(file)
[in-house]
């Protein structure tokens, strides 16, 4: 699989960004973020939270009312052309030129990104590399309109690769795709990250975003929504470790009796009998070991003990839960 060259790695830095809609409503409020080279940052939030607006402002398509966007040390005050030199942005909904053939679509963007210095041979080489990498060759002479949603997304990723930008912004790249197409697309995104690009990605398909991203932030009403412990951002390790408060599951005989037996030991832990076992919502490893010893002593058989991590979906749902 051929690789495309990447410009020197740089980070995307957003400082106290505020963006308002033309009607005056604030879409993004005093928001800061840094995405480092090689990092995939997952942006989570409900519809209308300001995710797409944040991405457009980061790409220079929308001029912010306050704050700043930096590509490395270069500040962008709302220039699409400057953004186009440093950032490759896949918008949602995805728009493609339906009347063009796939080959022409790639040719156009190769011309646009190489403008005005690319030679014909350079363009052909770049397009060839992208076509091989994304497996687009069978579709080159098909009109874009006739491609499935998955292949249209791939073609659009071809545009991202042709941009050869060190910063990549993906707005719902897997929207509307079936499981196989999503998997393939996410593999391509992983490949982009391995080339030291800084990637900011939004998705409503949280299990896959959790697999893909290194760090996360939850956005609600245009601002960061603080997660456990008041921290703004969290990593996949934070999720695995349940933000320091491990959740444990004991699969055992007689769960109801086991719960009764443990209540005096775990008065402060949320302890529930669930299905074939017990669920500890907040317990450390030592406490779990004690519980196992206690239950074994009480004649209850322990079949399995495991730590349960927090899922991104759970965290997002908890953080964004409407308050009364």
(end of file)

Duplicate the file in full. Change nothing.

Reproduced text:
[in-house]
């Protein structure tokens, strides 16, 4: 699989960004973020939270009312052309030129990104590399309109690769795709990250975003929504470790009796009998070991003990839960 060259790695830095809609409503409020080279940052939030607006402002398509966007040390005050030199942005909904053939679509963007210095041979080489990498060759002479949603997304990723930008912004790249197409697309995104690009990605398909991203932030009403412990951002390790408060599951005989037996030991832990076992919502490893010893002593058989991590979906749902 051929690789495309990447410009020197740089980070995307957003400082106290505020963006308002033309009607005056604030879409993004005093928001800061840094995405480092090689990092995939997952942006989570409900519809209308300001995710797409944040991405457009980061790409220079929308001029912010306050704050700043930096590509490395270069500040962008709302220039699409400057953004186009440093950032490759896949918008949602995805728009493609339906009347063009796939080959022409790639040719156009190769011309646009190489403008005005690319030679014909350079363009052909770049397009060839992208076509091989994304497996687009069978579709080159098909009109874009006739491609499935998955292949249209791939073609659009071809545009991202042709941009050869060190910063990549993906707005719902897997929207509307079936499981196989999503998997393939996410593999391509992983490949982009391995080339030291800084990637900011939004998705409503949280299990896959959790697999893909290194760090996360939850956005609600245009601002960061603080997660456990008041921290703004969290990593996949934070999720695995349940933000320091491990959740444990004991699969055992007689769960109801086991719960009764443990209540005096775990008065402060949320302890529930669930299905074939017990669920500890907040317990450390030592406490779990004690519980196992206690239950074994009480004649209850322990079949399995495991730590349960927090899922991104759970965290997002908890953080964004409407308050009364």